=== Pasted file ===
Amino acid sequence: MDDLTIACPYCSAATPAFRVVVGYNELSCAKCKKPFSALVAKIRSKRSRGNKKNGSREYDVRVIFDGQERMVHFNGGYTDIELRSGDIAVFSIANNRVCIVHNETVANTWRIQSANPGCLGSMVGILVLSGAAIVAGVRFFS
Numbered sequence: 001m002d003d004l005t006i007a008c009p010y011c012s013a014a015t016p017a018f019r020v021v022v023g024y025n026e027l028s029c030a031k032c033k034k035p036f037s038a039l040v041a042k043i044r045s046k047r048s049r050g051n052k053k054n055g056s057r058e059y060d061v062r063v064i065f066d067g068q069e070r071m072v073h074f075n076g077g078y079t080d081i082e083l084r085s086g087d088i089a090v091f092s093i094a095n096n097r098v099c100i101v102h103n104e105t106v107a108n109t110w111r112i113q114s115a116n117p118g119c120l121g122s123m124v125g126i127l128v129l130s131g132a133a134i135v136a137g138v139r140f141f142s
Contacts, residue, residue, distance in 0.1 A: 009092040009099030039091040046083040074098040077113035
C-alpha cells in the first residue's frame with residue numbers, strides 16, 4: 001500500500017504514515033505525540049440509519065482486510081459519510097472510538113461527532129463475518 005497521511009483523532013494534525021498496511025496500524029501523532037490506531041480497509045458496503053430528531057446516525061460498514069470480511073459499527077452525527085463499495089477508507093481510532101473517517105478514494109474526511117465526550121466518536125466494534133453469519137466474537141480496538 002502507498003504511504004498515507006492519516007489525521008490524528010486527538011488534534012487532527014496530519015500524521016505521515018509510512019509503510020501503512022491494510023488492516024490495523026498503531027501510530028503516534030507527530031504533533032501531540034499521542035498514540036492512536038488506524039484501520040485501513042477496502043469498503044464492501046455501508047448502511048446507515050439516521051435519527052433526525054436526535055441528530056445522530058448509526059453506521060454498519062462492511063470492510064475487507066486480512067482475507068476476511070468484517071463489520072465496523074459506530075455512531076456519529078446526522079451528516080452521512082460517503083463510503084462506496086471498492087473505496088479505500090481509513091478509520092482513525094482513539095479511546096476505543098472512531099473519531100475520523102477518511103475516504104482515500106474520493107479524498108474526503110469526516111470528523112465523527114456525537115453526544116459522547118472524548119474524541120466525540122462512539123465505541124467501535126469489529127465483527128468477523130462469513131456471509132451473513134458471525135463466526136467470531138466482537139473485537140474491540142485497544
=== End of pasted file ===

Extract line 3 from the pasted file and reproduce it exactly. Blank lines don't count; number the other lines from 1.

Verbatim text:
Contacts, residue, residue, distance in 0.1 A: 009092040009099030039091040046083040074098040077113035